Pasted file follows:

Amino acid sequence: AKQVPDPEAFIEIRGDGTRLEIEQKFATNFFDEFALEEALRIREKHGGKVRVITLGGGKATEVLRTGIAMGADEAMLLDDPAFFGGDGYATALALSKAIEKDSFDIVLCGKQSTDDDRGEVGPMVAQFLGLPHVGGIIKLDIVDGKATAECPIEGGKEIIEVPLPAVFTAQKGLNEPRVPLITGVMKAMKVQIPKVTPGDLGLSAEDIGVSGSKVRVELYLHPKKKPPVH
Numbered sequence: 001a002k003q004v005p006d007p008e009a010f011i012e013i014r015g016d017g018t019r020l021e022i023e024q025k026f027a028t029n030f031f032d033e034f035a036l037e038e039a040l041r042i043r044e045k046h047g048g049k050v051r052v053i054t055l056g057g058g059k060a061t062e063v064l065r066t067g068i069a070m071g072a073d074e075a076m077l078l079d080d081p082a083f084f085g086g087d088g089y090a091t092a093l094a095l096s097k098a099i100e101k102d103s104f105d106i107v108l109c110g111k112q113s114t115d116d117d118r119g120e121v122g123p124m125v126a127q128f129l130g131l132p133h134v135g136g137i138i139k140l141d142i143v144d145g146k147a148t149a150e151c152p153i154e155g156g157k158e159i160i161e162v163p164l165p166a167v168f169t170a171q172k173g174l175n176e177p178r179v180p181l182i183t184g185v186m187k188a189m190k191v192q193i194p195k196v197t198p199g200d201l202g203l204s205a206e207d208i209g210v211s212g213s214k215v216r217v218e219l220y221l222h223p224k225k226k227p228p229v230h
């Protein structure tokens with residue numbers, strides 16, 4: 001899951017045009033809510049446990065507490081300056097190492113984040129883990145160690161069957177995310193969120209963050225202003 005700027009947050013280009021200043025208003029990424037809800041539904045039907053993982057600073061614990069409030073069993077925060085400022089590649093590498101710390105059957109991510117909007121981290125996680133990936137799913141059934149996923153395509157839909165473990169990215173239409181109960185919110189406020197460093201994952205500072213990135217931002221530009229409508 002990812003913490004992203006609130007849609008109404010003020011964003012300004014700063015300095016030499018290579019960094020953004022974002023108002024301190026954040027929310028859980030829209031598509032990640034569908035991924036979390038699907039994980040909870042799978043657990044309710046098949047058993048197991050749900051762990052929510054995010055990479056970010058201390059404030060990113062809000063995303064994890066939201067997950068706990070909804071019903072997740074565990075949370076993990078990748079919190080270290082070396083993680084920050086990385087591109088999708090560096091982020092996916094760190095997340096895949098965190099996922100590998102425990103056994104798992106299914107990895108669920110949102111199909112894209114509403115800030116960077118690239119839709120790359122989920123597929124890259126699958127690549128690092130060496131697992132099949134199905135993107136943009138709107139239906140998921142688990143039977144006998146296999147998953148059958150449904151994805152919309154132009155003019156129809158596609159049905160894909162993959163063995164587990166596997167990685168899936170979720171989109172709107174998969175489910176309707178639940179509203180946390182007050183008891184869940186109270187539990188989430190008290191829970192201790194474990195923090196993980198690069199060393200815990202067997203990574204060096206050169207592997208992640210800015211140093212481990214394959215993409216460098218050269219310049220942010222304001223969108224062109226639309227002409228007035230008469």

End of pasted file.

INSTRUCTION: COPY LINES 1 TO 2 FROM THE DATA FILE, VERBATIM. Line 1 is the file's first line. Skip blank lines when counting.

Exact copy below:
Amino acid sequence: AKQVPDPEAFIEIRGDGTRLEIEQKFATNFFDEFALEEALRIREKHGGKVRVITLGGGKATEVLRTGIAMGADEAMLLDDPAFFGGDGYATALALSKAIEKDSFDIVLCGKQSTDDDRGEVGPMVAQFLGLPHVGGIIKLDIVDGKATAECPIEGGKEIIEVPLPAVFTAQKGLNEPRVPLITGVMKAMKVQIPKVTPGDLGLSAEDIGVSGSKVRVELYLHPKKKPPVH
Numbered sequence: 001a002k003q004v005p006d007p008e009a010f011i012e013i014r015g016d017g018t019r020l021e022i023e024q025k026f027a028t029n030f031f032d033e034f035a036l037e038e039a040l041r042i043r044e045k046h047g048g049k050v051r052v053i054t055l056g057g058g059k060a061t062e063v064l065r066t067g068i069a070m071g072a073d074e075a076m077l078l079d080d081p082a083f084f085g086g087d088g089y090a091t092a093l094a095l096s097k098a099i100e101k102d103s104f105d106i107v108l109c110g111k112q113s114t115d116d117d118r119g120e121v122g123p124m125v126a127q128f129l130g131l132p133h134v135g136g137i138i139k140l141d142i143v144d145g146k147a148t149a150e151c152p153i154e155g156g157k158e159i160i161e162v163p164l165p166a167v168f169t170a171q172k173g174l175n176e177p178r179v180p181l182i183t184g185v186m187k188a189m190k191v192q193i194p195k196v197t198p199g200d201l202g203l204s205a206e207d208i209g210v211s212g213s214k215v216r217v218e219l220y221l222h223p224k225k226k227p228p229v230h